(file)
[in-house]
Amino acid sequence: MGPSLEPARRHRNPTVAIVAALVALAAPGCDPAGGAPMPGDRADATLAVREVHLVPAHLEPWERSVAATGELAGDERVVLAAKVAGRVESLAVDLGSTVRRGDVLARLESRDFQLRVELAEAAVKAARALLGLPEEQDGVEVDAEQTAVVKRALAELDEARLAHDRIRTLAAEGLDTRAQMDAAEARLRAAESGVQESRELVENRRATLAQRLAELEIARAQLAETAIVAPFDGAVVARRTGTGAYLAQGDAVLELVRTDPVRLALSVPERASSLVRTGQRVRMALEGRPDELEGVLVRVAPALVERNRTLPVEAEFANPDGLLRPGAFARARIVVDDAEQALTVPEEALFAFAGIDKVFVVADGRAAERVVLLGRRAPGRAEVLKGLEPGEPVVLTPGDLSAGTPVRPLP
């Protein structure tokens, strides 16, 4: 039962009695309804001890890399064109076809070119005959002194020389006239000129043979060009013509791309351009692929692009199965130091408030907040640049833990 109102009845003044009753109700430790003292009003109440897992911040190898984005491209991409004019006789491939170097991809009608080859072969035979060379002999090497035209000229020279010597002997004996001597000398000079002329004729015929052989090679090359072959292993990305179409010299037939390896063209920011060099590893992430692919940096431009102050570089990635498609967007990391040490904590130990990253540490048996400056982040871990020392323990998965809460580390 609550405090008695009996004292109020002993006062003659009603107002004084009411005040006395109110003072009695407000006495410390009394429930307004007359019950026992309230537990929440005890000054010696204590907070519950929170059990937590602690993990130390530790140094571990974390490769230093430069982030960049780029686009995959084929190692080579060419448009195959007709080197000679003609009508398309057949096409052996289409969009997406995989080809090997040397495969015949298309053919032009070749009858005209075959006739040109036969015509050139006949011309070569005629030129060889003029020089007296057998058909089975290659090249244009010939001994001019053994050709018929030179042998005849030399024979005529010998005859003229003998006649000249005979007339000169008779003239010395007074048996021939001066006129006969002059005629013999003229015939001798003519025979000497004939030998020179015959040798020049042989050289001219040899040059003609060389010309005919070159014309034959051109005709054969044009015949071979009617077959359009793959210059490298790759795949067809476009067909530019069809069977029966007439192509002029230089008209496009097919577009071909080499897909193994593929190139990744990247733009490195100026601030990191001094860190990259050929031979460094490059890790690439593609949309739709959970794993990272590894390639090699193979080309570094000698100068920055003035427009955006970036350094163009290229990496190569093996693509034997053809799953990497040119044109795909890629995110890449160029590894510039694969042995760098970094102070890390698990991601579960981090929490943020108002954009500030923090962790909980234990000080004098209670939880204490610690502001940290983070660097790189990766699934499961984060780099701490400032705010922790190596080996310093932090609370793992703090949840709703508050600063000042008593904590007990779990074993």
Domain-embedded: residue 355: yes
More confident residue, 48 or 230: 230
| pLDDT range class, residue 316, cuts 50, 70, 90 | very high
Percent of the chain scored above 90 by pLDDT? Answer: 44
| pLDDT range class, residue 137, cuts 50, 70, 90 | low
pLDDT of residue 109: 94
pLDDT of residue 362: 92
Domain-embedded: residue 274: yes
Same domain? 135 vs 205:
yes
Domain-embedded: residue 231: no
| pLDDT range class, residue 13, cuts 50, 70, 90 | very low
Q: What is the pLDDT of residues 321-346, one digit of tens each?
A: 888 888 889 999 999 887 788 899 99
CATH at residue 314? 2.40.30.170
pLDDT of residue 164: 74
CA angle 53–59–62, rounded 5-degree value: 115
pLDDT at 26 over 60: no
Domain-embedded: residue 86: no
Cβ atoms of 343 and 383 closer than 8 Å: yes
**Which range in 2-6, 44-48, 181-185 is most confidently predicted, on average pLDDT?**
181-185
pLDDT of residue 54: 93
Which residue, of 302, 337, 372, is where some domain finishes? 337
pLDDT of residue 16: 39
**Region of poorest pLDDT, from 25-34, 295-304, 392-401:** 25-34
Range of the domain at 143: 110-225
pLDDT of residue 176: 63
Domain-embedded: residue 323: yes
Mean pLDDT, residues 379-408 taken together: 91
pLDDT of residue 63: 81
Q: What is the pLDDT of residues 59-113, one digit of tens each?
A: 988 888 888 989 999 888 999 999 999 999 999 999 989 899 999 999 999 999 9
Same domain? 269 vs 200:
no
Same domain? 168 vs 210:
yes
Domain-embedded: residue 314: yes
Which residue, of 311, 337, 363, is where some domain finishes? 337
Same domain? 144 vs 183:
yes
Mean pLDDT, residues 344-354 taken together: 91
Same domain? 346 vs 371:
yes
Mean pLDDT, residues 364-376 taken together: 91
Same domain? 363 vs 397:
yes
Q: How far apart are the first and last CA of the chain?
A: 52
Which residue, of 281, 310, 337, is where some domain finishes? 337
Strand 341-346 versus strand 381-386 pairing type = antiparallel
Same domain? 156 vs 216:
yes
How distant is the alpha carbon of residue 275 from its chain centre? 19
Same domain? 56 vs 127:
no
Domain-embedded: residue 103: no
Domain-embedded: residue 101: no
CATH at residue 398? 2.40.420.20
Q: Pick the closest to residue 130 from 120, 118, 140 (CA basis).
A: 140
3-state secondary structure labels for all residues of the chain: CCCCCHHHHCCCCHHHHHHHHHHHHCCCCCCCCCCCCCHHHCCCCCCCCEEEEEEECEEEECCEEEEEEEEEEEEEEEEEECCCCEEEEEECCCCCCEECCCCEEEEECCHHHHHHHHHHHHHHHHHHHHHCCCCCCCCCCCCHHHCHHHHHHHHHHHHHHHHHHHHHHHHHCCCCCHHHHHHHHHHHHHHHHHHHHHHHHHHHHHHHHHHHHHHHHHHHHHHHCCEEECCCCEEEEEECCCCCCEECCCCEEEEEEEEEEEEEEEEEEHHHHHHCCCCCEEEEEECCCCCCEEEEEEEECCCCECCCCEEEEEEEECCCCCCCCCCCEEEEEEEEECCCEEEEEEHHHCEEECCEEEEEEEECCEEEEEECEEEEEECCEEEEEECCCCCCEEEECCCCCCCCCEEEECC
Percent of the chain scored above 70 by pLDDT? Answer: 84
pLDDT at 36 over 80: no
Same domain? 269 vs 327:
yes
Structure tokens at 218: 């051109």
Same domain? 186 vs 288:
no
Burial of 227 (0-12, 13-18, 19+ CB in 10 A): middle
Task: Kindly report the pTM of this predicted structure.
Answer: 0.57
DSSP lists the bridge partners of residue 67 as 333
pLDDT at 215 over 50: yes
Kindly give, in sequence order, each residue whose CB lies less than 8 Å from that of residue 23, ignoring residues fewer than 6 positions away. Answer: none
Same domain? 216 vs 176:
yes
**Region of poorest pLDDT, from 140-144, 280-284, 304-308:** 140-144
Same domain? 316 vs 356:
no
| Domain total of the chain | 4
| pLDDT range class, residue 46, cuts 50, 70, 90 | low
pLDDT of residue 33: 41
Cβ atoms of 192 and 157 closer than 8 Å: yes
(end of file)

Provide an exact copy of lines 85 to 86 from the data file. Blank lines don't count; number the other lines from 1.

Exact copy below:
| pLDDT range class, residue 46, cuts 50, 70, 90 | low
pLDDT of residue 33: 41